Wednesday Roundup: Archives Month, Accelerometers, Roller Skates and Great Debates

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For the record, October is American Archives Month—To celebrate, the Smithsonian Collections blog, SIRIS, is hosting a 31-day blogathon, where Smithsonian museums and affiliates will be blogging about their archives, giving an insider's look at what goes into preserving and storing so many precious artifacts. The Institution is also hosting the "Ask the Smithsonian" program, where members of the community can set up appointments to bring in objects and learn how best to care for them. An online version of the program will be available on the Smithsonian's Facebook page.

Cell Phones and Far Beyond—You know that nifty feature on your iPhone that flips your display vertically or horizontally depending on how you hold it? According to a post this week on the AirSpace blog, that mechanism is called an accelerometer, and consists of a tiny chip inserted into the phone that can sense the acceleration of gravity. This technology has apparently been used for years in automobiles, video games and even ballistic missiles, and was designed in 1970 at the Massachusetts Institute of Technology by Charles Stark "Doc" Draper.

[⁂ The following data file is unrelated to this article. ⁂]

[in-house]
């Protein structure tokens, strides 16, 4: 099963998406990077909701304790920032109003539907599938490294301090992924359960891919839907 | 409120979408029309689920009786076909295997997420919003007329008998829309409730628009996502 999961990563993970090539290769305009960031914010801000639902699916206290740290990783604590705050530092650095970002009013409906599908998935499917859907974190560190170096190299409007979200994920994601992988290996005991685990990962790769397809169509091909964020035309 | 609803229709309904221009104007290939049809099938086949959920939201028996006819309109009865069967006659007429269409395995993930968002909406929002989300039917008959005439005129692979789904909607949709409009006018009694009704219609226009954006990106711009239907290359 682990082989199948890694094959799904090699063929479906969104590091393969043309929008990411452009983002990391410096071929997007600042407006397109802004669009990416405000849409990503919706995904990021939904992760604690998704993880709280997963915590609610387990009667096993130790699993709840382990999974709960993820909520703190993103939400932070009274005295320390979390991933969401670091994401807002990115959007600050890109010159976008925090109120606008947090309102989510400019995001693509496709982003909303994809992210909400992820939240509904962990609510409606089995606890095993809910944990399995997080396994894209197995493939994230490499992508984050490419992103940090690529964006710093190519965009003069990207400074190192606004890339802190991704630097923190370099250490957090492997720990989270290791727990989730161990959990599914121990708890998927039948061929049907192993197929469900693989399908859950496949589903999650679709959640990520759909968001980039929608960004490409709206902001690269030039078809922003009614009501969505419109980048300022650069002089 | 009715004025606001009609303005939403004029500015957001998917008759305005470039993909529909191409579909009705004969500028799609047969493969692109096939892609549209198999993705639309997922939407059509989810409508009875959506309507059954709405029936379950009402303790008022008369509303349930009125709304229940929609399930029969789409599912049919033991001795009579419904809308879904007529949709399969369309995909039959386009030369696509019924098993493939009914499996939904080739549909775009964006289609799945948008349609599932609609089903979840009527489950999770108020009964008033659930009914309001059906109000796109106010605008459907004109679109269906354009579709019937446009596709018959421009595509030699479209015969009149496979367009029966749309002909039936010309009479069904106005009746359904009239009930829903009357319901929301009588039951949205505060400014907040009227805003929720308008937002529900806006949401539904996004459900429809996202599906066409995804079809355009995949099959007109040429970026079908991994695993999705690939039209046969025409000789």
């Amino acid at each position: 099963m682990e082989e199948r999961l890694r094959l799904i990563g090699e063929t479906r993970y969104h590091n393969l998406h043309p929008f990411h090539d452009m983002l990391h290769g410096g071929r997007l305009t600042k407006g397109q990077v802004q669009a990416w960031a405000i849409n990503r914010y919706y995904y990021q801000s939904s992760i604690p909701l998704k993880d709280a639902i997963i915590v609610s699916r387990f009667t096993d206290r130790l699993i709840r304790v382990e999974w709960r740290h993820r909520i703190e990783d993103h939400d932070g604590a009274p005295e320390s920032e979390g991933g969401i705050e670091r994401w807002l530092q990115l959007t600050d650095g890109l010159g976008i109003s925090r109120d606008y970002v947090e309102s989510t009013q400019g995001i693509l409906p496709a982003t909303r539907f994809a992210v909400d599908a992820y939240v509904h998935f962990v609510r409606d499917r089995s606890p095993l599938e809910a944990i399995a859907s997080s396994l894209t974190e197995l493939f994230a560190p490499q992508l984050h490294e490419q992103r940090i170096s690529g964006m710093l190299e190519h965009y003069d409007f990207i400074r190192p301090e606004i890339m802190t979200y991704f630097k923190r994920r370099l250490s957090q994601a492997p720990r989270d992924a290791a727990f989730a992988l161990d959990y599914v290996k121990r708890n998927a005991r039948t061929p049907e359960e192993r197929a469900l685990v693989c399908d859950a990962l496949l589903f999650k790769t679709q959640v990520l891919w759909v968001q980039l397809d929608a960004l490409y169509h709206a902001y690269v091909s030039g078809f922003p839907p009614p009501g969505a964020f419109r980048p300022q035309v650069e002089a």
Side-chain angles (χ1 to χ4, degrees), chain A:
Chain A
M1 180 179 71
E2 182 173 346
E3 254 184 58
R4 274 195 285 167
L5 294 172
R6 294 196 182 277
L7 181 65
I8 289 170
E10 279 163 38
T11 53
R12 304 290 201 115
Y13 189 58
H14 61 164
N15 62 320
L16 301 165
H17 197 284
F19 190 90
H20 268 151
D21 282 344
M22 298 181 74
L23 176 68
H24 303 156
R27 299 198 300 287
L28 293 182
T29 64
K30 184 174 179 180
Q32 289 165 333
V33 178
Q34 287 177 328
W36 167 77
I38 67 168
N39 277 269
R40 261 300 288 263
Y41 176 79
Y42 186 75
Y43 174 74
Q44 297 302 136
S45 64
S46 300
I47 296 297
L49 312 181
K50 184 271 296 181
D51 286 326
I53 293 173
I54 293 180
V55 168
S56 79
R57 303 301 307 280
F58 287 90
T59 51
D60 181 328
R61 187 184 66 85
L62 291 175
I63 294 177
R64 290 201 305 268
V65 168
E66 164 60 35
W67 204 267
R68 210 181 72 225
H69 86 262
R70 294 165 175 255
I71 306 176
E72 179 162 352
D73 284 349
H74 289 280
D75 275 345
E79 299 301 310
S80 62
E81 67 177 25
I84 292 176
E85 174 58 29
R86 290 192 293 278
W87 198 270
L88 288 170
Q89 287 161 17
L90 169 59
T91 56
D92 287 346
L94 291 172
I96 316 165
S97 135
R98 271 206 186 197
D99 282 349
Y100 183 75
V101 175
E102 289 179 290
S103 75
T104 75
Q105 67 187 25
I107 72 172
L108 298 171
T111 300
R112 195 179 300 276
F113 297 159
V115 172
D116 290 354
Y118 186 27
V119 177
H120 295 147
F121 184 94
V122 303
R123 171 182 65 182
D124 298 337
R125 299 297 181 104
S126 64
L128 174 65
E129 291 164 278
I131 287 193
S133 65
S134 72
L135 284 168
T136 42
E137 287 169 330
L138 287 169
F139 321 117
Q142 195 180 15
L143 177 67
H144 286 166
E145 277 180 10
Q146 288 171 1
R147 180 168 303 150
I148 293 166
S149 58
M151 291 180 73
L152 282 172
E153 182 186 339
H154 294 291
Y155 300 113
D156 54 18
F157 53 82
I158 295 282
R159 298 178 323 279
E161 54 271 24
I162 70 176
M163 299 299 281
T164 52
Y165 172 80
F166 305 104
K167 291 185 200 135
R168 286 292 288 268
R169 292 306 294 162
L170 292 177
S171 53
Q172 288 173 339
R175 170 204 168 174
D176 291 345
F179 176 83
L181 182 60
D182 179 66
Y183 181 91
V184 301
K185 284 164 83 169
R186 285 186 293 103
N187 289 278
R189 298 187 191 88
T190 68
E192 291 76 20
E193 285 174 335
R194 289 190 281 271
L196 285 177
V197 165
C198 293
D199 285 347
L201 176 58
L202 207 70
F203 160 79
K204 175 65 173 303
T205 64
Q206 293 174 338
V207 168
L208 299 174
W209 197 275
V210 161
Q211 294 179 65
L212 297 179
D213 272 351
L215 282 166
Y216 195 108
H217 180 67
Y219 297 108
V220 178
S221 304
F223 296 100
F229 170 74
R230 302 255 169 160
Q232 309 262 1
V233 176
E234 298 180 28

Skating Through the Week—It might be time to dust off those old roller skates and take them for a spin. As we emerge from the dog days of summer and enter early fall, there couldn't be a better time for National Roller Skating Week, which the Smithsonian Libraries blog let us know about yesterday. They also posted a charming trade advertisement of Plimpton's Patent Roller Skates from around 1879 (Plimpton's roller skates were patented in 1863 and 1866).

It Has Been Fifty Years... Since Vice President Richard Nixon faced off with John F. Kennedy for the first ever nationally televised presidential debate. The Portrait Gallery's Face to Face blog has two posts on the debates, and we published an article about the changing dynamics of debating on television this month as well.

Unexpected New Bird Species—Smithsonian researchers at the Conservation Biology Institute and Natural History have discovered that the magnificent frigatebirds living on the Galapagos Islands are genetically distinct from those living on the mainland of the Americas, and have been for over half a million years. This comes as quite a surprise, as frigatebirds are able to travel hundreds of miles and are not particularly isolated from those on the mainland.

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